Welcome, Guest. Please Login
SLINGING.ORG
 
Home Help Search Login


Pages: 1 2 3 
Send Topic Print
Grading ranged weapons survivalist' charts (Read 885 times)
Slyngorm
Descens
***
Offline


Slingit...

Posts: 155
At Heroine’s place
Grading ranged weapons survivalist' charts
Oct 25th, 2020 at 7:56am
 
I have been working on charts that grades ranged weapons in different categories the idea being that it would help one decide on a weapon to wield in case of complete societal collapse, mainly for hunting and defence. 

Now there are a couple of things for you to consider:
Firsty, I am not a survivalist and I don't know how relevant the current grades are for a survivalist situation (I will gladly take advice, more on that later). I already now have ideas on how the charts should be changed.

Secondly, this is the first version of these charts that I am releasing and they are still rife with lots of errors, both grammatical, graphical and so on.

Thirdly, I will add other entries if you can think of any (already considering the shotgun sling and whether the slingbow should be separate from the slingshot).

And finally, only having (at least some) experience with slings, bolas, boomerangs, slingshots and bows I can already feel that many gradings I have given so far are wrong (again, I will listen to experts).



The weapon ratings goes from 1 to 10 and are based on:
  • Simplicity: how easily can you make this?
  • Durability: how easily does this break and how much care does it need to ensure its functionality?
  • Environment: does the surrounding environment affect its effectiveness? Like using it in a dense wood, after having been made wet wading through a river or during strong wind.
  • Suppleness: is it easy to transport?
  • Practice: how easily does one become able to effectively wield this weapon?
  • Ammunition  specialization: does one need to craft the ammunition used itself or can you pick up any rock?
  • Ammunition manufacturing: how easily does one craft the ammunition?
  • Info:
    Not a grading itself. Contains various information like history, usage, construction, etc.




The info point definitely should be worked on. I am thinking of splitting it into history, construction (general design of the weapon), operation (how to use it) and maybe other for whatever info doesn't fit into the other categories.
Also, just got the idea of a "possibility" rating: what range of different animals can you hunt? Like, both rabbits and elephants, or only dog sized animals?



I will listen to whatever advice or changes you think should be made to the current state of the charts.
Should other grades be added or some removed?
Should any existing grades on a specific weapon be altered?
Ideas on how the charts itself should look (maybe a bar chart instead of numbers?)
Should the very structure and idea of the charts be changed?
Anything else.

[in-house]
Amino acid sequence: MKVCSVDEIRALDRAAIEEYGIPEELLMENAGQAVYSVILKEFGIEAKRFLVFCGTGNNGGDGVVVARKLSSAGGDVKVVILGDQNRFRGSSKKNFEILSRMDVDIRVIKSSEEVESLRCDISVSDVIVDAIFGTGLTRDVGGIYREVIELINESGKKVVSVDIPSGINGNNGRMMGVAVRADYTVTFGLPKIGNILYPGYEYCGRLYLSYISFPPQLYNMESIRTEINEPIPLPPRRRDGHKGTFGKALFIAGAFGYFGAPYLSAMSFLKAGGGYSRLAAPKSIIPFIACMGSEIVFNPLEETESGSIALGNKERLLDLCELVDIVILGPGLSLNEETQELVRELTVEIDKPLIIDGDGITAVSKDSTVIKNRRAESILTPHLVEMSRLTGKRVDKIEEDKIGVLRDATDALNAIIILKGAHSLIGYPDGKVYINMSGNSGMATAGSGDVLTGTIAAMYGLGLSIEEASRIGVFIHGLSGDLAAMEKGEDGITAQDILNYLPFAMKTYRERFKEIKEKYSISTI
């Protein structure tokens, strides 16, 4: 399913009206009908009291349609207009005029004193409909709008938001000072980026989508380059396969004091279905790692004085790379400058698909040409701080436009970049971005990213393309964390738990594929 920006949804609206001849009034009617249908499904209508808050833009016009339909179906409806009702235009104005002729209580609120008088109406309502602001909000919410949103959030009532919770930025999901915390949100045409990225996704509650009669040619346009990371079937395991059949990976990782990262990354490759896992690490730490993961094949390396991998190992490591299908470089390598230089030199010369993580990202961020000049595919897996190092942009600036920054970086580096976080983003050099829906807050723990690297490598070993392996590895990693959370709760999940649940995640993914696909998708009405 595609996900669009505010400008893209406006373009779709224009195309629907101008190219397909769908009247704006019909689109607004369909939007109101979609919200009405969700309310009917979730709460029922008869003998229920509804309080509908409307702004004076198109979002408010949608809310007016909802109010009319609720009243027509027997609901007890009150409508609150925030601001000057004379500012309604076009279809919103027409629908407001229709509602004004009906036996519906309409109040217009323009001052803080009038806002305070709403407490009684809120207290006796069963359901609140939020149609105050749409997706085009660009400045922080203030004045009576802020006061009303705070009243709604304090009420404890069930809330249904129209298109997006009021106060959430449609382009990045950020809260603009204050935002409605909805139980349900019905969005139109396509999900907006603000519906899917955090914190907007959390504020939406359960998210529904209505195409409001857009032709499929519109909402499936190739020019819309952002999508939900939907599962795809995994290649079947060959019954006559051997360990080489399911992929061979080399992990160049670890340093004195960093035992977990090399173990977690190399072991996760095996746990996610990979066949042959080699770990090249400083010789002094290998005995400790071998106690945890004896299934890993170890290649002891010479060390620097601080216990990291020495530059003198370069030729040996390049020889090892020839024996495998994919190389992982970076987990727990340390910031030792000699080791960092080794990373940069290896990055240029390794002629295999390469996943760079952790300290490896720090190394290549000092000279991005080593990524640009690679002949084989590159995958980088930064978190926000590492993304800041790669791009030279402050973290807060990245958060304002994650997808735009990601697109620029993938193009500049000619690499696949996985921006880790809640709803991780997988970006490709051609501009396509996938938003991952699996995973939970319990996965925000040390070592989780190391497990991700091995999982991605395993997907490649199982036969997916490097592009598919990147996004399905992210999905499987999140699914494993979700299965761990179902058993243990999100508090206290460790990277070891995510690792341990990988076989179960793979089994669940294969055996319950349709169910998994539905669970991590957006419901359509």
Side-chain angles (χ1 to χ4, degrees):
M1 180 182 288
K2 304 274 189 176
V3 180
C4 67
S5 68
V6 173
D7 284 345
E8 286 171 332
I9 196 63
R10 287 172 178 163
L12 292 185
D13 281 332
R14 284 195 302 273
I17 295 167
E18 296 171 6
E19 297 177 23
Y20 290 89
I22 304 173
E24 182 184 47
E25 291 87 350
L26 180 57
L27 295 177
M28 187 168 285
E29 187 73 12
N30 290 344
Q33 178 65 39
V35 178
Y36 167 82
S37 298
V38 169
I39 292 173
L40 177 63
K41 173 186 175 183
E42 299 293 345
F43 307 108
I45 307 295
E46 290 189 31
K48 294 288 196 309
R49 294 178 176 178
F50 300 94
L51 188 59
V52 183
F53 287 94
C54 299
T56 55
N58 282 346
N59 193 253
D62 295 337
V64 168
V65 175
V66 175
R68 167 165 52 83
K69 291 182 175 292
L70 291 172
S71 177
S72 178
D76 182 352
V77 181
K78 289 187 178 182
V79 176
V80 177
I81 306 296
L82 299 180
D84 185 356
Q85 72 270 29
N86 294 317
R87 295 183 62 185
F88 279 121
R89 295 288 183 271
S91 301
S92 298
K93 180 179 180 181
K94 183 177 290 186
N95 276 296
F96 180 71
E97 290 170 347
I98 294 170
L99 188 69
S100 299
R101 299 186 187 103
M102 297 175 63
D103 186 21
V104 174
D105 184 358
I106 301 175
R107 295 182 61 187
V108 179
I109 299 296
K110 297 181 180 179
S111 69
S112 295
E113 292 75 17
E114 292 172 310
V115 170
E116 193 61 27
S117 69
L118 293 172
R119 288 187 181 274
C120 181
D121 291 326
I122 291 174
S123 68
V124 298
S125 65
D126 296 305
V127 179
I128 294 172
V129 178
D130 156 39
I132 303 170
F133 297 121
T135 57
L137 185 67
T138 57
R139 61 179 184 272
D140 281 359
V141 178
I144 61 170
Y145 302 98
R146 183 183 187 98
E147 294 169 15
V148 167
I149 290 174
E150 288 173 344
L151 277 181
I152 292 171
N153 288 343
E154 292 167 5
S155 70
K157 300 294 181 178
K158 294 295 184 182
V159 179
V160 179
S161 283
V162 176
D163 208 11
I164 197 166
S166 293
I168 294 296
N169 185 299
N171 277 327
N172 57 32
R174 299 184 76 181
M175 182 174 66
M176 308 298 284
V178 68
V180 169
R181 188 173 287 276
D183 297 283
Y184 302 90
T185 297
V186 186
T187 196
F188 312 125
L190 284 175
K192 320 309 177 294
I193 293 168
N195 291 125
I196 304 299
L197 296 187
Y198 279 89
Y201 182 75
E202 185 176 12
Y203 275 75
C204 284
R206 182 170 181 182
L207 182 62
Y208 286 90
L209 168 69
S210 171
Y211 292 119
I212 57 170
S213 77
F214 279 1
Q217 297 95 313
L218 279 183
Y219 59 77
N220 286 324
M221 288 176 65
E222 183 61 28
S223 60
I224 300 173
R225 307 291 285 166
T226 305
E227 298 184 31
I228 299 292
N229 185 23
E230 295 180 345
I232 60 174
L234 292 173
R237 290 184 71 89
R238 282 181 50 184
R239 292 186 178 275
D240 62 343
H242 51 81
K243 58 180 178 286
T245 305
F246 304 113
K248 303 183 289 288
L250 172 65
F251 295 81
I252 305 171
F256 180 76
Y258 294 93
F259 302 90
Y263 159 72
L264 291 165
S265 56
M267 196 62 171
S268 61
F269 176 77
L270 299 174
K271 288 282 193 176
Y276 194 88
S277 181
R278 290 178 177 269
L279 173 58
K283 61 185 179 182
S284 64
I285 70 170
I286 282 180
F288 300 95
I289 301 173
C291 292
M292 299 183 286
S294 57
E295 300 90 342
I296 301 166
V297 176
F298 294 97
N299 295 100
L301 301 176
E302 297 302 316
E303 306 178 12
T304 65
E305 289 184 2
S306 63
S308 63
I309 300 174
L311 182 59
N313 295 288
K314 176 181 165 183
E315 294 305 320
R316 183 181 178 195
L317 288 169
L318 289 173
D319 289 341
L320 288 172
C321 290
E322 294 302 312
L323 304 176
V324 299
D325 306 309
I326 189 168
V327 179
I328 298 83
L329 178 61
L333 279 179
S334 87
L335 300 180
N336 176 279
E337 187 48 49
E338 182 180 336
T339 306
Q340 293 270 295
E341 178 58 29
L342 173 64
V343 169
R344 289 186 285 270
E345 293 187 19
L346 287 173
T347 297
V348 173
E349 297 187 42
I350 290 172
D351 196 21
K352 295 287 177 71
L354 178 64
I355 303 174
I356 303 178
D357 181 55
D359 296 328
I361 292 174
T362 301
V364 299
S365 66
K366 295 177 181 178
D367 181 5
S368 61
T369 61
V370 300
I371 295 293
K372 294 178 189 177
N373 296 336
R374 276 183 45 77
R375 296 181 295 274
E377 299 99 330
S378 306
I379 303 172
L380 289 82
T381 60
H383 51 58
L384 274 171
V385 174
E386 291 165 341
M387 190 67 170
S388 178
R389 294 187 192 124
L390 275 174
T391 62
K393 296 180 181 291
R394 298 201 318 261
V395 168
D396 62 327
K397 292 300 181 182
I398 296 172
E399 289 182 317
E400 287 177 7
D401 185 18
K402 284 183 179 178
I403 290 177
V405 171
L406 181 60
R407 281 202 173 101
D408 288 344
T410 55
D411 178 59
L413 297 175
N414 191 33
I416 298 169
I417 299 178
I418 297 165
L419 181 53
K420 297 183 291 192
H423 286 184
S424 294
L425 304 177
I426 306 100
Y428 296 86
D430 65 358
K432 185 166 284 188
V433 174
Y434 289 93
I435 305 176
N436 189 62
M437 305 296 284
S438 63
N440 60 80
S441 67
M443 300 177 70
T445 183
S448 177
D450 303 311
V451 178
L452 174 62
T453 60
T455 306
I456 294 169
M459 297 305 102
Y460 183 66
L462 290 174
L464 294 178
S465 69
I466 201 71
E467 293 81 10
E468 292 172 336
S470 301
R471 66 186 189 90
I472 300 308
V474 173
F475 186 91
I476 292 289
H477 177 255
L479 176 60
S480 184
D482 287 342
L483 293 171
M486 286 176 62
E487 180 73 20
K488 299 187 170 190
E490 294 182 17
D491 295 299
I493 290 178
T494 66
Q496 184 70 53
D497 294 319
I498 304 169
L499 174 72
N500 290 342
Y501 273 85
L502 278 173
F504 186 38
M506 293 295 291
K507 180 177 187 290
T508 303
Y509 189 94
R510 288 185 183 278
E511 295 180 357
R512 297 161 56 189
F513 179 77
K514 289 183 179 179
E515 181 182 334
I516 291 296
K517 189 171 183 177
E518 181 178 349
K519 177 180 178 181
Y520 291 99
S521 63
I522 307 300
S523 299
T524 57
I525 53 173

Thanks for reading.


Back to top
 
 
IP Logged
 
Bill Skinner
Slinging.org Moderator
Forum Moderator
*****
Offline


Slinging Rocks!

Posts: 3284
Re: Grading ranged weapons survivalist' charts
Reply #1 - Oct 25th, 2020 at 10:17am
 
Making a blow gun is actually pretty difficult, making a good one with matching ammunition is hard.  In the picture, I believe that is a South American tribesman using a hardwood blow gun, those are extremely difficult to make. 

Making one out of bamboo or river cane requires straightening them with heat and knocking out the partitions at the nodes, then sanding those partitions smooth.

And then, you'll have to make the darts, which requires making sting to hold your base or collecting something to act as the fletch/plug.  And they don't do much damage, think stepping on a nail, hurts but usually isn't incapacitating unless a vital area is hit, such as an eye. 

That was why most natives that used them use some form of poison on the dart.  Contrary to Hollyweird, those poisons don't usually act instantly.  And you'll have to know how to make them.

You left out a simple digging stick, it's about a meter long, maybe a little longer, about as thick as your wrist with a fire hardened pointed end and a spatulate end.  use as a pick, a shovel or as a club or short spear.   

And throwing sticks, they look like a stylized caveman's club, with one end larger than the other, tapering down to an end about twice the thickness of your thumb.  They vary in length but about the length of elbow to finger tip is a good length.  The Choctaws use them today for rabbit hunting and they also make a good club.   They are thrown side arm so the spin on the long axis to increase the chances of a hit.  An Apache Throwing Star is a variation.   

As far as firearms, look into early matchlocks from the late 15th century through the mid 16th.  Those, and the powder, can be made from stuff found in a hardware/garden store.  Look on YouTube for some of the primitive firearms made in various parts of the world.  The people there use them instead of modern firearms because they can build them themselves, along with the ammunition.  Think strike anywhere matches for powder.   

Another thing you may want to consider are weapons made in prisons.  Shanks and zip guns.  Those latter usually require modern ammunition, but not all.   

Last, look at axes, hatchets and machetes.  A simple machete can be made from a lawn mower blade and some tape.  Heat, hammer flat, wrap some duct tape around one end and sharpen the other.  You can use a hack saw and cut a triangular piece of the same blade, hammer the pointy end into a stick and you have a simple hatchet.  Fire axes are in a lot of buildings at fire stations. 

Hope those ideas help.
Back to top
 
 
IP Logged
 
Sarosh
Funditor
****
Offline



Posts: 751
Re: Grading ranged weapons survivalist' charts